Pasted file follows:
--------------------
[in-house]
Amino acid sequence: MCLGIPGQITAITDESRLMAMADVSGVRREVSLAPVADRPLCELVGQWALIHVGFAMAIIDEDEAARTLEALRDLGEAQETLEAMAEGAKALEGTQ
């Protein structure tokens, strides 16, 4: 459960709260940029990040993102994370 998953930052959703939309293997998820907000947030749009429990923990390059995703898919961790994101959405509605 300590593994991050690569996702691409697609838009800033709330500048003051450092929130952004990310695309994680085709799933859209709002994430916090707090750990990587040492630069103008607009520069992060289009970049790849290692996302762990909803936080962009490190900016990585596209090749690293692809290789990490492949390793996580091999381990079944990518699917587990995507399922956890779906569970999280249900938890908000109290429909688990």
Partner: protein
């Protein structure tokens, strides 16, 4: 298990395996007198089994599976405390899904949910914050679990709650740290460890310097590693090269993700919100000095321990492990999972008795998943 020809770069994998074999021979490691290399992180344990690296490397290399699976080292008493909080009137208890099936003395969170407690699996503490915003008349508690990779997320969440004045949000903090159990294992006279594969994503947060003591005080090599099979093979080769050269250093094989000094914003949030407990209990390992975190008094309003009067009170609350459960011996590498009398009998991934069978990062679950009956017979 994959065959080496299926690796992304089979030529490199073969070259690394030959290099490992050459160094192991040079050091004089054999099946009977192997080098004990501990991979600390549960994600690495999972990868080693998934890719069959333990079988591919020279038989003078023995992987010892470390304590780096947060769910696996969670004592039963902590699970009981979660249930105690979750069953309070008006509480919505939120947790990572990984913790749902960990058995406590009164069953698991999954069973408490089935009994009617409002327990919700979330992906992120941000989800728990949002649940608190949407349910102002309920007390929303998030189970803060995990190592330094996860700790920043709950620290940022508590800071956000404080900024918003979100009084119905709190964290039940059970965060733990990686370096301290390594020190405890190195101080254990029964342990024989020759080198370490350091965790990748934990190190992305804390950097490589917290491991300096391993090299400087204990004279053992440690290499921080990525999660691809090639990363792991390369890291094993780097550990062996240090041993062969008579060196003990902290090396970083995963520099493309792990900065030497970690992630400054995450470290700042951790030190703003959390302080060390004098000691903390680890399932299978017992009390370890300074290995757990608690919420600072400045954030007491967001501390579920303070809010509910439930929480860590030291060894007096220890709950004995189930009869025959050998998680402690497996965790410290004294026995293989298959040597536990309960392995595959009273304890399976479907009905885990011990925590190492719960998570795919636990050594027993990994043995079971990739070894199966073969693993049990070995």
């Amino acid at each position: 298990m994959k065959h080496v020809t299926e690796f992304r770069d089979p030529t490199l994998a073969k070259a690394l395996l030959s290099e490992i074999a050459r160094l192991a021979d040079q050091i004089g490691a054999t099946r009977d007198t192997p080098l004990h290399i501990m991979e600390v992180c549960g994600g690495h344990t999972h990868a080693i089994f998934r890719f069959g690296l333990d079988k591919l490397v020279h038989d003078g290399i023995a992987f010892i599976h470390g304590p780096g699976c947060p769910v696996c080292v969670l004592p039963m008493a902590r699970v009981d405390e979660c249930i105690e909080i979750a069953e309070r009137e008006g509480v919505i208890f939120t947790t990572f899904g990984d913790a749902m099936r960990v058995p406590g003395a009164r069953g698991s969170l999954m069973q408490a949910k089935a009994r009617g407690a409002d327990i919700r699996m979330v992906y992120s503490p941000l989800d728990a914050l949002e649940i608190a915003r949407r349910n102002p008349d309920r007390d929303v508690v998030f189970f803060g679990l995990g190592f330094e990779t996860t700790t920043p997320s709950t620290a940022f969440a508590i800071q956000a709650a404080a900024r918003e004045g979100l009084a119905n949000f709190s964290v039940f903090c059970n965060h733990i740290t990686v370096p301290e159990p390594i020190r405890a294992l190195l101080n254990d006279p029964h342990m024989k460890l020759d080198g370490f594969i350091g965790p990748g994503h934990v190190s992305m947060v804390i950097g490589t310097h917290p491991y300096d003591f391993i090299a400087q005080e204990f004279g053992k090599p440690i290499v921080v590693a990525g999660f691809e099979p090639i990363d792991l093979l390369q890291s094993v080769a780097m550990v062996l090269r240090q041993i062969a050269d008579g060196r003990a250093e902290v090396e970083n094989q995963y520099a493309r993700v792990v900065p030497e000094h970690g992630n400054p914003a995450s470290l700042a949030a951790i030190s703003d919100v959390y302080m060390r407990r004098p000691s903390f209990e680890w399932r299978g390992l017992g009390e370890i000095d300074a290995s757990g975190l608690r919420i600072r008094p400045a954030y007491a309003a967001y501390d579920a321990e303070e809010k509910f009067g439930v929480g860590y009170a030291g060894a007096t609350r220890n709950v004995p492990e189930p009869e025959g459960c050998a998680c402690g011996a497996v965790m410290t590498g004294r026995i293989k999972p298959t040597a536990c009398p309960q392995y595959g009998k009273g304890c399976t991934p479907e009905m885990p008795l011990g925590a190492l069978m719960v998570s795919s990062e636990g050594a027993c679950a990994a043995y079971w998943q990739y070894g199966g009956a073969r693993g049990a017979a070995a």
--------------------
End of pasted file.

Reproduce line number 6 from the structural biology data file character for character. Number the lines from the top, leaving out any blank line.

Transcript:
């Amino acid at each position: 298990m994959k065959h080496v020809t299926e690796f992304r770069d089979p030529t490199l994998a073969k070259a690394l395996l030959s290099e490992i074999a050459r160094l192991a021979d040079q050091i004089g490691a054999t099946r009977d007198t192997p080098l004990h290399i501990m991979e600390v992180c549960g994600g690495h344990t999972h990868a080693i089994f998934r890719f069959g690296l333990d079988k591919l490397v020279h038989d003078g290399i023995a992987f010892i599976h470390g304590p780096g699976c947060p769910v696996c080292v969670l004592p039963m008493a902590r699970v009981d405390e979660c249930i105690e909080i979750a069953e309070r009137e008006g509480v919505i208890f939120t947790t990572f899904g990984d913790a749902m099936r960990v058995p406590g003395a009164r069953g698991s969170l999954m069973q408490a949910k089935a009994r009617g407690a409002d327990i919700r699996m979330v992906y992120s503490p941000l989800d728990a914050l949002e649940i608190a915003r949407r349910n102002p008349d309920r007390d929303v508690v998030f189970f803060g679990l995990g190592f330094e990779t996860t700790t920043p997320s709950t620290a940022f969440a508590i800071q956000a709650a404080a900024r918003e004045g979100l009084a119905n949000f709190s964290v039940f903090c059970n965060h733990i740290t990686v370096p301290e159990p390594i020190r405890a294992l190195l101080n254990d006279p029964h342990m024989k460890l020759d080198g370490f594969i350091g965790p990748g994503h934990v190190s992305m947060v804390i950097g490589t310097h917290p491991y300096d003591f391993i090299a400087q005080e204990f004279g053992k090599p440690i290499v921080v590693a990525g999660f691809e099979p090639i990363d792991l093979l390369q890291s094993v080769a780097m550990v062996l090269r240090q041993i062969a050269d008579g060196r003990a250093e902290v090396e970083n094989q995963y520099a493309r993700v792990v900065p030497e000094h970690g992630n400054p914003a995450s470290l700042a949030a951790i030190s703003d919100v959390y302080m060390r407990r004098p000691s903390f209990e680890w399932r299978g390992l017992g009390e370890i000095d300074a290995s757990g975190l608690r919420i600072r008094p400045a954030y007491a309003a967001y501390d579920a321990e303070e809010k509910f009067g439930v929480g860590y009170a030291g060894a007096t609350r220890n709950v004995p492990e189930p009869e025959g459960c050998a998680c402690g011996a497996v965790m410290t590498g004294r026995i293989k999972p298959t040597a536990c009398p309960q392995y595959g009998k009273g304890c399976t991934p479907e009905m885990p008795l011990g925590a190492l069978m719960v998570s795919s990062e636990g050594a027993c679950a990994a043995y079971w998943q990739y070894g199966g009956a073969r693993g049990a017979a070995a």